- Floodwater conveyance capacity. Amendments or plans which would result in a reduction of the floodwater conveyance capacity should be denied unless remedial actions are identified and approved before approval of the amendment or plan. Remedial actions must conform with NR 116.
- Existing development within the floodway. When there is an existing, lawful development within the floodway, a new plan or plan amendment may include the development within the boundaries of its proposed service area.
- Storm and flood water storage capacity. Amendments which would result in a reduction in storm and flood water storage capacity should be avoided or remedial actions should be identified.
- Definition - Shorelands are lands within the following distances above the ordinary high-water mark of navigable waters: 1,000 feet from a lake, pond or flowage and 300 feet from a river or stream to the landward side of the floodplain.
Policy - Shorelands represent environmental features which should be given high priority for protection from development, and particularly those shorelands which coincide with wetlands as identified in the Wisconsin Wetlands Inventory maps.
Sewer Service Area Plans and Plan Amendments - The Department will not approve any plan or plan amendment that is not consistent with an approved county or state shoreland zoning ordinance. Additionally, evaluation of plan amendments will consider the following:
- Potential adverse water quality impacts. In assessing plan amendments the Department will consider adverse impacts upon any of the following: maintenance of dry season stream flow, or the discharge, recharge or flow of groundwater from a wetland;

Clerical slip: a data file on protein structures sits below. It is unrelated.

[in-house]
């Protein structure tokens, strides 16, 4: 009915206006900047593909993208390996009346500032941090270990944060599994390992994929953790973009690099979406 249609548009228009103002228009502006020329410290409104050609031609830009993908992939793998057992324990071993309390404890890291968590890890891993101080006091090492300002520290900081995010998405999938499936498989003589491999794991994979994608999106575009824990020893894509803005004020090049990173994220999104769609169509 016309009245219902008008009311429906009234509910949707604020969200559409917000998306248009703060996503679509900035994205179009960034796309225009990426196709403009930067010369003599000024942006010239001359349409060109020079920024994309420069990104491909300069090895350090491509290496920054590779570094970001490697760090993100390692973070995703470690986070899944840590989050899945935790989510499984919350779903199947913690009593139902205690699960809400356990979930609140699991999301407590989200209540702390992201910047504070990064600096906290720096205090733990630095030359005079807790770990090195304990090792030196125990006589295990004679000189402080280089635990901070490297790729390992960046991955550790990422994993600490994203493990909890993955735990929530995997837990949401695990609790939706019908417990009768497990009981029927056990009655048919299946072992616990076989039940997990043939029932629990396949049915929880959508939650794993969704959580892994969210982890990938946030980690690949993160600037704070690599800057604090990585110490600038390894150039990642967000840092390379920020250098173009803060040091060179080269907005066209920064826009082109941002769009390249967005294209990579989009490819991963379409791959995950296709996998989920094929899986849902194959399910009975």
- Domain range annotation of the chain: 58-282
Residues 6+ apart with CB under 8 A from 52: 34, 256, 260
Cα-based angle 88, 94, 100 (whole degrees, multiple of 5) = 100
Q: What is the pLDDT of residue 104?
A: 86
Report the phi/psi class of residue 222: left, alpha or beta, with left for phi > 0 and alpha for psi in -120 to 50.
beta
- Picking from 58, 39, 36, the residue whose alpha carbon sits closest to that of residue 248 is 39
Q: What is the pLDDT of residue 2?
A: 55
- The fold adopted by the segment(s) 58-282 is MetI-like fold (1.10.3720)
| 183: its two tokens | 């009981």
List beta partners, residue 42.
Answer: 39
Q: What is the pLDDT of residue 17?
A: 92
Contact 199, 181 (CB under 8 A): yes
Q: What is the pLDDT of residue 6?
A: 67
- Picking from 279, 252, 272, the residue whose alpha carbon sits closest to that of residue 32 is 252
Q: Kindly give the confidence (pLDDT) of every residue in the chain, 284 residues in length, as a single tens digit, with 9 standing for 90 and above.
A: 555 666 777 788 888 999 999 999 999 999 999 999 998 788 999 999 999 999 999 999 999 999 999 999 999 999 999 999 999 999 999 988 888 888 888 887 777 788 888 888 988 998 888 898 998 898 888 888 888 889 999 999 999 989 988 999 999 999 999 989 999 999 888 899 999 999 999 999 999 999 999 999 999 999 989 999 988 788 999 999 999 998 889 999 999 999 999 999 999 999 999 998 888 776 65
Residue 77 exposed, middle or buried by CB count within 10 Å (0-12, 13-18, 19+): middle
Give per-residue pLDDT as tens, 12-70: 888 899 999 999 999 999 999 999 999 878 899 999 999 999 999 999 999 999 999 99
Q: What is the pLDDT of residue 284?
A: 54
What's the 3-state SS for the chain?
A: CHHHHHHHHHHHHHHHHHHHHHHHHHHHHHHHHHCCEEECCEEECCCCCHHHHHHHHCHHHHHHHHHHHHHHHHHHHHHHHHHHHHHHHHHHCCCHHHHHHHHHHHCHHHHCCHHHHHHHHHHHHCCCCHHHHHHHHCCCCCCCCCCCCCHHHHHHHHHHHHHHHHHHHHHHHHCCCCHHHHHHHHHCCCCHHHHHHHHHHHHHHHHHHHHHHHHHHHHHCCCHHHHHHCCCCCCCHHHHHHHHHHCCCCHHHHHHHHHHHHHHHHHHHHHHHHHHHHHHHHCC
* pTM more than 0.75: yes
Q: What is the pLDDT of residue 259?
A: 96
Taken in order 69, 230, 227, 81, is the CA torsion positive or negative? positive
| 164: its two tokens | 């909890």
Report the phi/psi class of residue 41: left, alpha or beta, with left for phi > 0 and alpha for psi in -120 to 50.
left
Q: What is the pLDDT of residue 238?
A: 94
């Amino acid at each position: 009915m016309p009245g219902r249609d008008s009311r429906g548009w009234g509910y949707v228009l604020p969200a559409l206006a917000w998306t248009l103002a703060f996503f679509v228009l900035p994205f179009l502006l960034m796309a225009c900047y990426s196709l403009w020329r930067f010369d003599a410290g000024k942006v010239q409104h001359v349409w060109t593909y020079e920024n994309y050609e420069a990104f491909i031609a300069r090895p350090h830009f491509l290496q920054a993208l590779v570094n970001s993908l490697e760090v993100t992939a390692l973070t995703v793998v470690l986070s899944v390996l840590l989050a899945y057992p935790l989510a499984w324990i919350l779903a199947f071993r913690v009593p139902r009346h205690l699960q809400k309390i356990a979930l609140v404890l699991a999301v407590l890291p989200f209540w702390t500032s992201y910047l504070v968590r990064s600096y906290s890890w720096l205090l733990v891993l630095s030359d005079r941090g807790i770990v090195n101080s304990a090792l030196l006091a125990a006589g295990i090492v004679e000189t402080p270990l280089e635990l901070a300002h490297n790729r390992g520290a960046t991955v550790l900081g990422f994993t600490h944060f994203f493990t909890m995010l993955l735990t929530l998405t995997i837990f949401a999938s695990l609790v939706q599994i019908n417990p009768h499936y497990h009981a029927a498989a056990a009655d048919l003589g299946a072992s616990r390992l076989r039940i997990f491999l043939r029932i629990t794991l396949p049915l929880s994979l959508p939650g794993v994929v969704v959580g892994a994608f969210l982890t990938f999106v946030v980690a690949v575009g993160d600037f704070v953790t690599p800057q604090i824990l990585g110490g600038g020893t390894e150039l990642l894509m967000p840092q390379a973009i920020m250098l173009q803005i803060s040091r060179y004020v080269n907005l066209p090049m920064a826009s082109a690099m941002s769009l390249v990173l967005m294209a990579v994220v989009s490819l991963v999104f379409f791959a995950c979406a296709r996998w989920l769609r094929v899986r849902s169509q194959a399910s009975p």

- filtering or storage of sediments, nutrients or heavy metals that would otherwise drain into navigable waters;
- shoreline protection against erosion to reduce the flow of effluent, sediment and nutrients from the shoreland area.
- Potential adverse effects on habitats. Amendments in which the proposed activity could adversely disrupt fish and wildlife habitat should include protective measures.
- Storm and flood water storage capacity. Amendments which would result in a reduction of storm and flood water storage capacity should be avoided or remedial actions should be identified.
- Presence of, or proximity to, scientific study areas, sanctuaries and refuges, or scarce wetland areas. Consideration should be given to direct or indirect adverse impacts in these areas.
Steep slopes and highly erodible soils
- Definition - This category is defined as any slope or gradient equal to or greater than 12 percent and any soil type occurring on a slope equal to or greater than 12 percent.
Policy - In general, slopes equal to or greater than 12 percent, regardless of the soil type, and which are near surface waters should be excluded from sewered development areas. Steep slopes in combination with other environmental features should also be considered for designation as an environmentally sensitive area.
- Sewer Service Areas Plans and Plan Amendments - sewer service area plans should exclude steep slopes greater than 12 percent, which are near a stream, from sanitary sewer service. Where a local construction erosion control ordinance exists, the plan should be consistent with the slope restrictions of the ordinance. Amendments to the sewer service area plan should consider the following.
- Proximity of the slope to a stream. Amendments for sewered development on steep slopes which would result in direct runoff into a stream should be prohibited, or mitigation measures required for the protection of water quality.